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What are the symptoms of Kaposi's sarcoma?

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Quick Answer

The symptoms of the cancer Kaposi's sarcoma include lesions on the skin, nausea, vomiting, coughing, swelling and trouble swallowing, according to WebMD. Some symptoms of Kaposi's sarcoma can be life-threatening, so immediate treatment is advised.

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Full Answer

The most obvious symptom of Kaposi's sacrcoma are skin lesions that appear red or purple on light skin and blue, brown or black on dark skin, as WebMD explains. The lesions are flat and do not itch. They can grow into raised bumps or grow together over time, and they are not life-threatening.

Kaposi's sacrcoma can spread to other parts of the body, including the lymph nodes, liver, lungs, stomach and intestines, as WebMD explains, and the symptoms involving these organs can be life-threatening. Internal bleeding can create blockages that cause nausea and vomiting. Sometimes, patients have trouble breathing or experience serious coughing. Others experience trouble swallowing or eating. Another serious symptom is swelling in the face, scrotum, arms or legs.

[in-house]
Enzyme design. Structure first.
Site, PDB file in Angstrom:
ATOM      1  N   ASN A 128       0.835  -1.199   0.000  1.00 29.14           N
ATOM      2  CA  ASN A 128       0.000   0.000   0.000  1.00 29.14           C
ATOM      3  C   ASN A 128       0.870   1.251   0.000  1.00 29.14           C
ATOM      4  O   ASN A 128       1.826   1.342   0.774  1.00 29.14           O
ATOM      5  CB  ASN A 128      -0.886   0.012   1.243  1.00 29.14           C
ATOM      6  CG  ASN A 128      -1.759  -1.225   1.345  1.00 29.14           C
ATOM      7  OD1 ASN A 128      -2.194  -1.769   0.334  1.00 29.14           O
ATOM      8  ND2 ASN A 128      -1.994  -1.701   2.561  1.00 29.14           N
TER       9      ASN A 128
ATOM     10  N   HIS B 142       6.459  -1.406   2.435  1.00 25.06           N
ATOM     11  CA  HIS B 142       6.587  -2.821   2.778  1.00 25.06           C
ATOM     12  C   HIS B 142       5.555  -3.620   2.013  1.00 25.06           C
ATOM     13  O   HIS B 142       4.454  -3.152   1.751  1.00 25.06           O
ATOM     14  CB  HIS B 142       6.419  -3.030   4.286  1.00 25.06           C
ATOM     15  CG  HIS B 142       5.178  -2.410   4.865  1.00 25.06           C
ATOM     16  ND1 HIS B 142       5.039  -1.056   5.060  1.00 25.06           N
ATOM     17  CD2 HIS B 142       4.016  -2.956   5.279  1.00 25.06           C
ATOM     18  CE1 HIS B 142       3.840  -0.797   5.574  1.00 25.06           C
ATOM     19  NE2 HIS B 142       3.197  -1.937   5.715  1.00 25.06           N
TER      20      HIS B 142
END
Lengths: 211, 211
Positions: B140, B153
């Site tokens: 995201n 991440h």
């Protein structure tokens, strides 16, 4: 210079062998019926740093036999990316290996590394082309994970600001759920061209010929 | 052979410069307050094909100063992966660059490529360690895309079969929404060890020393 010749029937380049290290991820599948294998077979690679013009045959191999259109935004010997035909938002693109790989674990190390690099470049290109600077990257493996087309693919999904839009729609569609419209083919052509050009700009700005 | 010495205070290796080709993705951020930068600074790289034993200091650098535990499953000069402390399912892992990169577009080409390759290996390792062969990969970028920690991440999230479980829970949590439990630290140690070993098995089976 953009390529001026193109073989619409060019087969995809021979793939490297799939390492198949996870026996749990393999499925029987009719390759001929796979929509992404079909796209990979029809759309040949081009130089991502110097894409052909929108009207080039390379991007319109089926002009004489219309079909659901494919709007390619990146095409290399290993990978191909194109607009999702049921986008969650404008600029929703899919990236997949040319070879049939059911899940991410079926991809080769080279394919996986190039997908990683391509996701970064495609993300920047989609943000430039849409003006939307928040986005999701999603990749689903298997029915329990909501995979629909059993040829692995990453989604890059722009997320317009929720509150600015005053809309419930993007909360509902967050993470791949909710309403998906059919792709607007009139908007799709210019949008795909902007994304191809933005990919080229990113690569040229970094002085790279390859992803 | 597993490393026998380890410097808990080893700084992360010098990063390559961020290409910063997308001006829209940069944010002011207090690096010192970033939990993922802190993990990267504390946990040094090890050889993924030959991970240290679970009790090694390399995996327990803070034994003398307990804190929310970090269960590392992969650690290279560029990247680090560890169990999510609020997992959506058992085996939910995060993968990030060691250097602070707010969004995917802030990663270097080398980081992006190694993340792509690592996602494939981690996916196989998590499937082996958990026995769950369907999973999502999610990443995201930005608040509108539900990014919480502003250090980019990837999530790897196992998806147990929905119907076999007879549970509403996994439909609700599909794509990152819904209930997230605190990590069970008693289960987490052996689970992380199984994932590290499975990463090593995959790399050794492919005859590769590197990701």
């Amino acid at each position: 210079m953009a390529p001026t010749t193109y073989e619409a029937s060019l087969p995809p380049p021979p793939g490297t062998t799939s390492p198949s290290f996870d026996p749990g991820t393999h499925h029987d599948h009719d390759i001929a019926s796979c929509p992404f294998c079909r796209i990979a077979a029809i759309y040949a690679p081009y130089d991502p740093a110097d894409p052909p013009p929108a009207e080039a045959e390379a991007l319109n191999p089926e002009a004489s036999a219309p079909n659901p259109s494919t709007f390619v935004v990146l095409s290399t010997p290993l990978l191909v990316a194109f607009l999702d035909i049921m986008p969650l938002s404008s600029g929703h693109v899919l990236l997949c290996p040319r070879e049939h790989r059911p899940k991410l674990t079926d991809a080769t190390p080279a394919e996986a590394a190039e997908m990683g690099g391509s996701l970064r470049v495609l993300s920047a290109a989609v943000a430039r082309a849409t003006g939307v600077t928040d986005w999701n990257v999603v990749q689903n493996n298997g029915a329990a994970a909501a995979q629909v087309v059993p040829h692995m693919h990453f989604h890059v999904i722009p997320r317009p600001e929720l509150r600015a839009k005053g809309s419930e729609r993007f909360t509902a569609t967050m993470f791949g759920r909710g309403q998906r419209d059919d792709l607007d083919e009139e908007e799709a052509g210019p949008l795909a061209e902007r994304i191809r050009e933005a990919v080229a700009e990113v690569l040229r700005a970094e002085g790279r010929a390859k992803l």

This once-rare cancer is often caused by the human immunodeficiency virus (HIV), which causes acquired immune deficiency syndrome (AIDS), according to WebMD. Kaposi's sarcoma can show up early after HIV infection, indicating that the immune system is suppressed. More severe cases of the cancer occur once the patient develops AIDS.

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